For the last eight years, New Chapter Coaching’s Make It Happen campaign has given outstanding people and organizations the appreciation, recognition, and praise they deserve, as well as a cash donation, by celebrating the dedicated staff, board members, and their organizations in the nonprofit community who “make it happen” every day, says Lawrence Simonson.
At its core, New Chapter Coaching is for the community.
“Team is everything when you’re trying to create a better world, and credit for all the good New Chapter Coaching has done in our community and beyond is shared with many dedicated people who have given gifts of time, talent, and treasure to others,” Sullivan says.
Broadway Brewery is known for its homegrown, phenomenal food. With a new year-round collaboration with the Food Bank, the brewery is bringing this experience to neighbors in need.
Katie Adkins says that 22 percent of proceeds from the collaboration go directly to the Food Bank to help fight local food insecurity.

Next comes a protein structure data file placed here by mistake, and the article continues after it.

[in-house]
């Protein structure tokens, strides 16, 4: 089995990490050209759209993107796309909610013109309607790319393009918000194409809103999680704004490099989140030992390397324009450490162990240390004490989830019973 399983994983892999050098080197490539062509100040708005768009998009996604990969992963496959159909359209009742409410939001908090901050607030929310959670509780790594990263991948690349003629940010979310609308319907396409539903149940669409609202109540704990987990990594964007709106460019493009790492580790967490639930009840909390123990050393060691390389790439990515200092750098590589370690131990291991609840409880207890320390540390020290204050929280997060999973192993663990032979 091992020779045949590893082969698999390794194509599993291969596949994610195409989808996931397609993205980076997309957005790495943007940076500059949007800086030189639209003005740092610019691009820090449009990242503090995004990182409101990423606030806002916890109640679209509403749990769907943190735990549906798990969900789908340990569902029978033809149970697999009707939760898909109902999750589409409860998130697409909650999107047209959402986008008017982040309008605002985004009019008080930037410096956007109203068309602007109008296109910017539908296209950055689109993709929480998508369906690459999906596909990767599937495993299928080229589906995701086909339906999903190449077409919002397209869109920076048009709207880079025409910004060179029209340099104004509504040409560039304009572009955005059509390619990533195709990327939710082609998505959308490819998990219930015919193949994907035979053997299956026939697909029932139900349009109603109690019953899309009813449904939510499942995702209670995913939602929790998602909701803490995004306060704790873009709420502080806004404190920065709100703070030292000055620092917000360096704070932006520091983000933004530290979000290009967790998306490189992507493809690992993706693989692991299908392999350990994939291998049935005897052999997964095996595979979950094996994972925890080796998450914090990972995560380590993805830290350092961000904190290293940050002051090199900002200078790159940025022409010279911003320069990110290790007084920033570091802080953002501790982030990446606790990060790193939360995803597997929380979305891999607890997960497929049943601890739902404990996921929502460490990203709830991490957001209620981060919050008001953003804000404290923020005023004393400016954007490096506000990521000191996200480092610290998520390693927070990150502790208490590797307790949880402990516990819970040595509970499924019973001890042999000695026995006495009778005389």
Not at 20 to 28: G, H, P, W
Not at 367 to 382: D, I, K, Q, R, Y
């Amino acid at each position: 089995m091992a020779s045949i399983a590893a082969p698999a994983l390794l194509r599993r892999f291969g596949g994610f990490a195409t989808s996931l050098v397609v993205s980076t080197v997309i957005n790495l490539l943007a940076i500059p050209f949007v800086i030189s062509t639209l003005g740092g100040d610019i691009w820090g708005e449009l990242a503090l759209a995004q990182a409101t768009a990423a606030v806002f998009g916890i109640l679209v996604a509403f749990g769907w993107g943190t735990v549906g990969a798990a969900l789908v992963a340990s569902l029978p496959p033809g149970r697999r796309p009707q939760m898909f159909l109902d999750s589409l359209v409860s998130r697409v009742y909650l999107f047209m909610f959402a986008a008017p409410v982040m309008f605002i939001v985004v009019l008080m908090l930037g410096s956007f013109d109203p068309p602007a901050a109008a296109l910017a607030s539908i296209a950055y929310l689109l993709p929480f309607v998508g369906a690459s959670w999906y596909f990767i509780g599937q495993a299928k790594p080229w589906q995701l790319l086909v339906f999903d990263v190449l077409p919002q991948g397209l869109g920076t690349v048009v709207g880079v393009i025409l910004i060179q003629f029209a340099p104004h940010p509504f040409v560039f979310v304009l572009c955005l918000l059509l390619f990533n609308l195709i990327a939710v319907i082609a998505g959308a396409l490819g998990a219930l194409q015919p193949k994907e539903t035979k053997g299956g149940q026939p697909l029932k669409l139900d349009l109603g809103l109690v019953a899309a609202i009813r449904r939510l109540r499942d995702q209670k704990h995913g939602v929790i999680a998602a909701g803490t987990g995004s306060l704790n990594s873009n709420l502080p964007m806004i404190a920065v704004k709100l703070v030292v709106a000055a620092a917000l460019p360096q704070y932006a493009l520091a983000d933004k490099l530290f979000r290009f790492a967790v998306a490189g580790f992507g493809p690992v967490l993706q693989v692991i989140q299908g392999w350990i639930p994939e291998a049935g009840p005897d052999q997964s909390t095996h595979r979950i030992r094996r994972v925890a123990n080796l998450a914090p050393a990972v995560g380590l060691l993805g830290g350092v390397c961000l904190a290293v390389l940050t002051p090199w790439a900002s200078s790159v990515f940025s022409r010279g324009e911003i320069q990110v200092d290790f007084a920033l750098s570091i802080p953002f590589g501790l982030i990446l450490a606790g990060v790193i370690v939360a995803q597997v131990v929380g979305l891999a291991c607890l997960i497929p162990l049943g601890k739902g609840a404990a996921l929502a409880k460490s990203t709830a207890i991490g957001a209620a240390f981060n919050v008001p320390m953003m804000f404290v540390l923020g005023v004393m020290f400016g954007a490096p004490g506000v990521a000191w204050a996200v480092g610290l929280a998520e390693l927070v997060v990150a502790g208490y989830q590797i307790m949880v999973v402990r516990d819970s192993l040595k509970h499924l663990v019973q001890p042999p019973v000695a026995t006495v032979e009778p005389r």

“The funding will make a significant difference as we work to bring fresh, nutritious food to neighbors — and the opportunity to raise awareness in our own community is just as valuable,” Adkins says.
Walker Claridge, Broadway Brewery president, says, “Seeing food go from seed to plate and intimately being involved with the process, all the way to the end point of diner satisfaction and the sense of community that comes with the dining experience, fuels my drive. Now with our partnership with the Food Bank, it’s our hope that we can provide that same experience for people in need.”